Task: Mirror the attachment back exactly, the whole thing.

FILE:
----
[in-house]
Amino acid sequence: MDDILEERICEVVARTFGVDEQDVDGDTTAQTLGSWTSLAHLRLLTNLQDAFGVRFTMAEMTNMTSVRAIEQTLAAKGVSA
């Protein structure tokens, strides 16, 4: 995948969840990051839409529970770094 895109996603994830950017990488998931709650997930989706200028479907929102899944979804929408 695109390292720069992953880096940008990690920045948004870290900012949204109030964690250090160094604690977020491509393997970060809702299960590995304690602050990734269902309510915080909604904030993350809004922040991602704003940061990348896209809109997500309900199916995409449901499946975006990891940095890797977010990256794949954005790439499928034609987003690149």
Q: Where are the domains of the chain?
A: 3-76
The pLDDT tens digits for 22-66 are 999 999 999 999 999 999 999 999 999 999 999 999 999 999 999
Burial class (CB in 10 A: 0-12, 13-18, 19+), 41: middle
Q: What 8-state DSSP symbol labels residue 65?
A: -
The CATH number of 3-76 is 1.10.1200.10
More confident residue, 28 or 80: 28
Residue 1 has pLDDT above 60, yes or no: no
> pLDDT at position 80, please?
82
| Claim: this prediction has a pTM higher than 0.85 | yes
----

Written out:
[in-house]
Amino acid sequence: MDDILEERICEVVARTFGVDEQDVDGDTTAQTLGSWTSLAHLRLLTNLQDAFGVRFTMAEMTNMTSVRAIEQTLAAKGVSA
């Protein structure tokens, strides 16, 4: 995948969840990051839409529970770094 895109996603994830950017990488998931709650997930989706200028479907929102899944979804929408 695109390292720069992953880096940008990690920045948004870290900012949204109030964690250090160094604690977020491509393997970060809702299960590995304690602050990734269902309510915080909604904030993350809004922040991602704003940061990348896209809109997500309900199916995409449901499946975006990891940095890797977010990256794949954005790439499928034609987003690149």
Q: Where are the domains of the chain?
A: 3-76
The pLDDT tens digits for 22-66 are 999 999 999 999 999 999 999 999 999 999 999 999 999 999 999
Burial class (CB in 10 A: 0-12, 13-18, 19+), 41: middle
Q: What 8-state DSSP symbol labels residue 65?
A: -
The CATH number of 3-76 is 1.10.1200.10
More confident residue, 28 or 80: 28
Residue 1 has pLDDT above 60, yes or no: no
> pLDDT at position 80, please?
82
| Claim: this prediction has a pTM higher than 0.85 | yes